Lately I’ve been thinking, as I often do, about friendship.
My friends are so important to me. I feel lucky and happy whenever I think about them.
And something that occurred to me is how much my life is enriched by having a variety of different people as friends. People who are not very much alike.
My friends (by which I mean people I see regularly, have dinner with, have in-depth conversations with – not just people I know), include:
- Ages from early 20s to 60s
- Atheists, Christians, Muslims, Jews
- Students, retirees, business owners, homemakers, people with jobs in many different fields and industries
- Single, dating, living together, engaged, married, divorced, gay, straight, with and without children
- Political views from ultra-conservative to uber-liberal.
Having these different people in my life stops me getting too set in my ways, or too sure of my opinions. I get challenged more, have to think through why I believe the things I do. I get to try a greater range of things and experience a wider understanding of life than I otherwise would.
Just a few years ago my friends were all very similar. I think it really narrowed my perspective.
I love that now I have so many different eyes and hearts through which to experience the world.
How Similar Are Your Friends?
How about you?
Are your friends a lot like you, or do you have a range of different people in your life?
How does it affect your outlook on the world?
6 thoughts on “On Friendship: Birds Of Different Feathers”
I have friends in various age ranges. Most are single, independent. I am there when their having tough times and good times. We go for country drives, dine out, go to the movies and run errands. I remind them to be positive and have a positive outlook on life.
Most of my friends are very organized. Age range is wide. Most are Christian simply because I don’t work and met them through church. We share our talents. One taught me to quilt. Another shares my love of reading and we swap books. Another one is my girls night out movie or concert companion. I have learned much from their wisdom.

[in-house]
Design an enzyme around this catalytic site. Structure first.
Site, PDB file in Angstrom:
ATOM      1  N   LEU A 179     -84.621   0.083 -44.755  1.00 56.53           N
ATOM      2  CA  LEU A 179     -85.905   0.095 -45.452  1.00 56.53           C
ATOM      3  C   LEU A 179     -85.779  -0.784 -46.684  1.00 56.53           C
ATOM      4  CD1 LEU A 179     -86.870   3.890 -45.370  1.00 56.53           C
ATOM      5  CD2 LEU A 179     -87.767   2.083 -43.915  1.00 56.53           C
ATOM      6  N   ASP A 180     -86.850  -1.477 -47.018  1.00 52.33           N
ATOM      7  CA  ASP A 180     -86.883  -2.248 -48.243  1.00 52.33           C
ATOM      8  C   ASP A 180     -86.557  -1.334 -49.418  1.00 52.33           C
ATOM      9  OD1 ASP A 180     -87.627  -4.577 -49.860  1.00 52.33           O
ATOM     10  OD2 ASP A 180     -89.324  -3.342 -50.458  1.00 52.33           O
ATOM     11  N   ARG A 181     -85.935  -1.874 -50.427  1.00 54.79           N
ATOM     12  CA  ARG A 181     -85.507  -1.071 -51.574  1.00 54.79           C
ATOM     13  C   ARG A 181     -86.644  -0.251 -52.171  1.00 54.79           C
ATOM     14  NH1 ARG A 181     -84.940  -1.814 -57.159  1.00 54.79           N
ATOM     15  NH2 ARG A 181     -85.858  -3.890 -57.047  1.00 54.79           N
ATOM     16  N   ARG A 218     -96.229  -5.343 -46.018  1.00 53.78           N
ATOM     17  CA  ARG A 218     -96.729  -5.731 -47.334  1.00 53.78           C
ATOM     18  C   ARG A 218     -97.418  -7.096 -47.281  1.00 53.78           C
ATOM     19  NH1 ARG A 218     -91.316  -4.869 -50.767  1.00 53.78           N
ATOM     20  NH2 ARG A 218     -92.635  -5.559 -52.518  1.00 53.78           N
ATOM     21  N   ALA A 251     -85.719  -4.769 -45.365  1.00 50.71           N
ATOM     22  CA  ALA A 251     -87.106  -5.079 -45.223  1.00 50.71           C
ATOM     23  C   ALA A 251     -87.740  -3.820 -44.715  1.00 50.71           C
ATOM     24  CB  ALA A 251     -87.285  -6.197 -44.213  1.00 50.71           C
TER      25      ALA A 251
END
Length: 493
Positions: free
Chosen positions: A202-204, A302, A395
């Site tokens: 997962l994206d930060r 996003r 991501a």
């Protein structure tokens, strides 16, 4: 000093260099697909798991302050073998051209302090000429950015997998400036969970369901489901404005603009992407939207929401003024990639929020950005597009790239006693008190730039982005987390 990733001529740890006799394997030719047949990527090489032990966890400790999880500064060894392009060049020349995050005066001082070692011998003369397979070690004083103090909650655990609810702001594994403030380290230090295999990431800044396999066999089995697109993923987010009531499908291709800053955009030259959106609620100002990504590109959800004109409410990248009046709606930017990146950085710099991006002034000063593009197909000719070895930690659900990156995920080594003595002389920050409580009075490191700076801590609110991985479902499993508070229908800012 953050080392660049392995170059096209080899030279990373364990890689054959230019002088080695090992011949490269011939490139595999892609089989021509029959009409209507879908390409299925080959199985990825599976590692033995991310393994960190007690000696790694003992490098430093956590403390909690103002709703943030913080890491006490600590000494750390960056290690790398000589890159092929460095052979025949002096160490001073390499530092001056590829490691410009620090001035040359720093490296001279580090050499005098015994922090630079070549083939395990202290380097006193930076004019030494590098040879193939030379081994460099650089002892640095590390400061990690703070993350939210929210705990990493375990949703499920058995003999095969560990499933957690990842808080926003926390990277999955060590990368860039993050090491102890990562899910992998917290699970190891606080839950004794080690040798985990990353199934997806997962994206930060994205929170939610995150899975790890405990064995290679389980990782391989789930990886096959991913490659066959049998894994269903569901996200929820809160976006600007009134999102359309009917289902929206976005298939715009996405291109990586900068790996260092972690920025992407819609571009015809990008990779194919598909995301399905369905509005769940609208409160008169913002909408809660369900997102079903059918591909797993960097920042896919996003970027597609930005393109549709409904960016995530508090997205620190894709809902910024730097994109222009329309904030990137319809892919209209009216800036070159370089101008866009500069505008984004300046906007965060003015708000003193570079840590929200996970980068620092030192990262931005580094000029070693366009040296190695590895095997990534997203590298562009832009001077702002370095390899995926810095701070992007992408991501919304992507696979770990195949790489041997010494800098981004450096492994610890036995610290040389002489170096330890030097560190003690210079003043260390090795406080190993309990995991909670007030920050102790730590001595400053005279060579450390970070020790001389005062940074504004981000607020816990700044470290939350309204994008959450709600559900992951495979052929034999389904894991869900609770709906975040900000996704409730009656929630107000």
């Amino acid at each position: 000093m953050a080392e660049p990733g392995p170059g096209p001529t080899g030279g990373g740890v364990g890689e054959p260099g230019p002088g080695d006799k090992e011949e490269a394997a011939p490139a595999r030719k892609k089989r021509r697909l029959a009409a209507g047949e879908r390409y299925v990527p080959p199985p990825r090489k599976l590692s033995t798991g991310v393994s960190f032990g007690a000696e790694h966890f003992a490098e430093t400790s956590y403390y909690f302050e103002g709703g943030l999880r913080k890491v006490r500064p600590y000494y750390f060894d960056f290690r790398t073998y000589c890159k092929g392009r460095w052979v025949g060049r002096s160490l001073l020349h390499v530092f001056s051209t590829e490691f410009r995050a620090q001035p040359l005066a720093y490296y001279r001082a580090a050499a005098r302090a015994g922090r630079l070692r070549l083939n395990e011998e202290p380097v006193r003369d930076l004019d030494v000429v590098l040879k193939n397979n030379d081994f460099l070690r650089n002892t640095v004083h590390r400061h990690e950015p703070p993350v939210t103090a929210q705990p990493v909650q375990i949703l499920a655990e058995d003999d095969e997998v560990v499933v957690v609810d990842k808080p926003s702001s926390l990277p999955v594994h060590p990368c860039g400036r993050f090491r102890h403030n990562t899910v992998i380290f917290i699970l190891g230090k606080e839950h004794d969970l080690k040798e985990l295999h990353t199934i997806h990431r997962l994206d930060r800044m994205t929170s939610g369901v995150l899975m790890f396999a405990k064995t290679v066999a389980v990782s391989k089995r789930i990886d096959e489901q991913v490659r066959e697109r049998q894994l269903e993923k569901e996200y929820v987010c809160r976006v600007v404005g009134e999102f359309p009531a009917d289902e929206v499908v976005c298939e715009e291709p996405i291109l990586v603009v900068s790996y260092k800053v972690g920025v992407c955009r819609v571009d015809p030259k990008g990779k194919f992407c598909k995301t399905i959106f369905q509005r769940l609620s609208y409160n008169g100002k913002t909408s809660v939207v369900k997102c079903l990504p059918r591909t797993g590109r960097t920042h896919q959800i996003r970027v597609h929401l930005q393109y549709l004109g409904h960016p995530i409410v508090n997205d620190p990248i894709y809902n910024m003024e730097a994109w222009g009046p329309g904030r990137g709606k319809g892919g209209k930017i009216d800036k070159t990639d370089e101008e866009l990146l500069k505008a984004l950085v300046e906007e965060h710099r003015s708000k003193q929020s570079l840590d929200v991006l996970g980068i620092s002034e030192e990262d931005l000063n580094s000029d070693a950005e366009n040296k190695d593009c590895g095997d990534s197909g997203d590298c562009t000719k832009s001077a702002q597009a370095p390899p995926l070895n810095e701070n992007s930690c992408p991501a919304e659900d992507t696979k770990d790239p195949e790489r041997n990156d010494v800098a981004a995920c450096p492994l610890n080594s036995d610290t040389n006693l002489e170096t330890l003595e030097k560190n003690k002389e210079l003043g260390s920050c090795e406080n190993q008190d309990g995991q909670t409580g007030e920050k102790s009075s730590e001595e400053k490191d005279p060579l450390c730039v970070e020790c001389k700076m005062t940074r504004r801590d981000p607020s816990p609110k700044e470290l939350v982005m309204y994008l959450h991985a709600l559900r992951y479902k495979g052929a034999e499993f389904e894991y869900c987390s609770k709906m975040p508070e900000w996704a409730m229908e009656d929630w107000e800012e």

I have a diverse swath of friends, but I think they would all agree that it is important to be organized because it makes us more efficient.
I hardly ever see my friends. I go home after work, drink beer, watch the Dodger baseball games, and go to bed. I’m too tired for anything else.
Like you, I have friends of all ages, hues, religions, and philosophies. I live in a multi-cultural, multi-ethnic city with many languages and much diversity. My world is vibrant and colorful, and I wouldn’t have it any other way!
I have friends in all age ranges, and with similiar and radically divergent positions on politics, religion, and gay/lesbian issues. I’m the liberal, and we have sort of worked it out over the years that we love each other, and those subjects are off limits, to avoid conflict over something which isn’t likely to change based on conversation. It’s not worth a friendship to try to change someone’s mind. They have to come to the determination based on life experience and being open minded. That doesn’t mean I don’t think I’m right : = ), just that I am not going to turn my back on important friendship over a subject which is highly personal. I believe we can learn a lot from everyone, and to try to build your world with only one lense to see it through is limiting and ill advised.